On July 23rd the Florida Panthers took a giant step forward as an organization when they signed Kris Versteeg to a four-year deal worth $17.6 million, avoiding an unnecessary arbitration hearing and eliminating the possibility that Versteeg could become an unrestricted free agent next offseason.
Not only was this a necessary move, retaining their third leading scorer (54 points) from the 2011-2012 season, it was also a savvy move considering the price they were able to keep him at. Versteeg’s contract will carry an annual $4.4 million cap hit, which may sound pricey but when compared to similar player’s it’s a bargain. Take Alexander Semin as a comparative example. Both Semin and Versteeg tallied 54 points in 2011-2012 but Semin recently signed a one year deal worth $7 million. Add in the fact that Semin (28) is two years older than Versteeg (26) and you can see why this signing is so impressive.
Of course there is an argument to be made as to whether Versteeg’s career numbers justify anything more than what the Panthers offered. Outside of his 2011-2012 performance there has only been one instance where he has tallied more than 50 points in a season and that came during his rookie year of 2008-2009. Does a perennial 40-50 point winger deserve to be paid as a top 50 forward? In the case of Kris Versteeg, you better believe it.
There are a multitude of things that GM’s look at in order to gauge the correct price for a player. Previous production, age, potential, character, etc; all of these things are taken into account when trying to find the correct dollar amount. For a 26 year old NHLer like Versteeg your first instinct would be to look at his previous production. If that’s the case then justifying a multi-year contract worth over $5 million a season is unrealistic for a player who perennially produces 40-50 points a season. It’s also the wrong way to look at the Versteeg situation. If you want to truly gauge Versteeg’s value then his potential must play an important role.
It’s an odd thing to say that a 26 year old who is entering his 5th professional season should be looked at as still having room for growth. Most players at that age have cemented themselves as a specific style or caliber of player. Of course there is still room for improvement but it’s limited for the vast majority of players. Versteeg is a unique case though.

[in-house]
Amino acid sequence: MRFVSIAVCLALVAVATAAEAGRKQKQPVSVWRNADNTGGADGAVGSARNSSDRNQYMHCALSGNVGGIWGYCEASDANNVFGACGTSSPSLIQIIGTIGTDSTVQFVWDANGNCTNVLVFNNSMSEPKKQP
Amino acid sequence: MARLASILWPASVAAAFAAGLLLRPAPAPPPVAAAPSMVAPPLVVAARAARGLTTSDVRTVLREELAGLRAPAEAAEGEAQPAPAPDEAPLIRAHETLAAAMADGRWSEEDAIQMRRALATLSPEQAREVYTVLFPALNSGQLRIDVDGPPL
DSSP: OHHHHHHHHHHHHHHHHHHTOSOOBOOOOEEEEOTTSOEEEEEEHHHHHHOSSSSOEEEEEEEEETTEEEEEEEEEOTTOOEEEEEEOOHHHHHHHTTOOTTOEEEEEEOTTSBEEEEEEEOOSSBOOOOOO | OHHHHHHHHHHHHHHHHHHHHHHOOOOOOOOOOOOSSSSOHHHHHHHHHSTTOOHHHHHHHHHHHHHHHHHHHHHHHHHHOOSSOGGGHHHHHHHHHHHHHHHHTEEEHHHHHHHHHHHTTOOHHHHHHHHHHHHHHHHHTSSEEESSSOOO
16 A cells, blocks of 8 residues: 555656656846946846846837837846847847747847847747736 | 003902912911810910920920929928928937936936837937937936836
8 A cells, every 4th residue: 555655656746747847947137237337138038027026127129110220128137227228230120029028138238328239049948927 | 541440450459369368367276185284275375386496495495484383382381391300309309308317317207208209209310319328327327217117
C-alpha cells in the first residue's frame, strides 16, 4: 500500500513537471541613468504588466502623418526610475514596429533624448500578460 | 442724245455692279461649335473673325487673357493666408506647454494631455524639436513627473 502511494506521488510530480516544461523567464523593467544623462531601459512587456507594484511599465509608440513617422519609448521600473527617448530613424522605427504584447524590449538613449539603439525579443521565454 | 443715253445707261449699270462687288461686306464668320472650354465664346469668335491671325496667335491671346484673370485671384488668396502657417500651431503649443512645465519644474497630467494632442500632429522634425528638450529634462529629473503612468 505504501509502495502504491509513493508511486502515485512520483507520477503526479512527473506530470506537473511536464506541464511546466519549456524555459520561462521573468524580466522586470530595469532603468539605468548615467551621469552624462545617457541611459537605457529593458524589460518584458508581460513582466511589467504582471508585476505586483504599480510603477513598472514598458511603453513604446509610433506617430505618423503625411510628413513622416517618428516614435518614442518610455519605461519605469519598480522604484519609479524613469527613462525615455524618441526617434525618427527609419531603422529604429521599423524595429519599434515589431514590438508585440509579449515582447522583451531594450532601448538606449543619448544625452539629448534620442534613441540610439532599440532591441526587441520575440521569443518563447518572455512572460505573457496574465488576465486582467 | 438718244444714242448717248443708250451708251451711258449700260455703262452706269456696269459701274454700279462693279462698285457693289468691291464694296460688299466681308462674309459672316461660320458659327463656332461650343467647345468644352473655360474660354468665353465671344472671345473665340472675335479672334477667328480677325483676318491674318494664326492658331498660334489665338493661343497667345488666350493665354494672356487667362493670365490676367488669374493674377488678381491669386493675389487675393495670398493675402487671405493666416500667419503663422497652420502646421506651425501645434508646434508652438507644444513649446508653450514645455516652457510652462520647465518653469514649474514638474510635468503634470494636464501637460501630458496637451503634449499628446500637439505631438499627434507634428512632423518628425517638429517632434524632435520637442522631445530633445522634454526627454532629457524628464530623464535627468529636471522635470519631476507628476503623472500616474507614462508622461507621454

After a rookie season where he notched 22 goals and 31 assists while being a finalist for the Calder Memorial Trophy he was involved in an odd dispute between the NHLPA and NHL where a clerical error led to him becoming an unrestricted free agent after his entry level contract expired.
The Blackhawks managed to retain him but after a sophomore season where his production dipped (20 goals, 24 assists) they shipped him off to Toronto in an apparent salary dump. He only lasted 53 games with the Maple Leafs before being dealt to the Philadelphia Flyers who were in the midst of a Cup run and when the season ended he was once again traded, this time to the Panthers for a second and third-round pick.
In the span of three seasons Versteeg played for four different organizations, never getting the opportunity to get his feet beneath him. Could the constant movement have taken its toll on Versteeg’s development?
Odds are that the organizational shuffle that Versteeg was put through stunted his growth to a certain degree. Consistency is one of the most valuable assets when bringing up a young player. Without consistency a player isn’t allowed to become comfortable in their situation therefore disallowing them to focus on growing to their full potential. Versteeg has yet experience that consistency and his production has most likely suffered as a result. Who knows what type of player he would have become if he were given the chance to play multiple seasons for the Maple Leafs or the Flyers. Luckily for the Panthers they are about to find that out just how good he can be in the upcoming seasons.
For the first time since his 2nd season he will be given the opportunity to skate with the same team in back to back seasons. He will also be paired with Tomas Fleischmann and Stephen Weiss to recreate one of the most productive top lines in the 2011-2012 season. With another season under his belt and another year of playing alongside two talented veterans Versteeg will finally be given the chance to show everyone just how valuable he truly is. It’s not unfeasible to predict that Versteeg will become the Panthers go to man and at $4.4 million a year, he is a massive bargain if that prediction comes to fruition.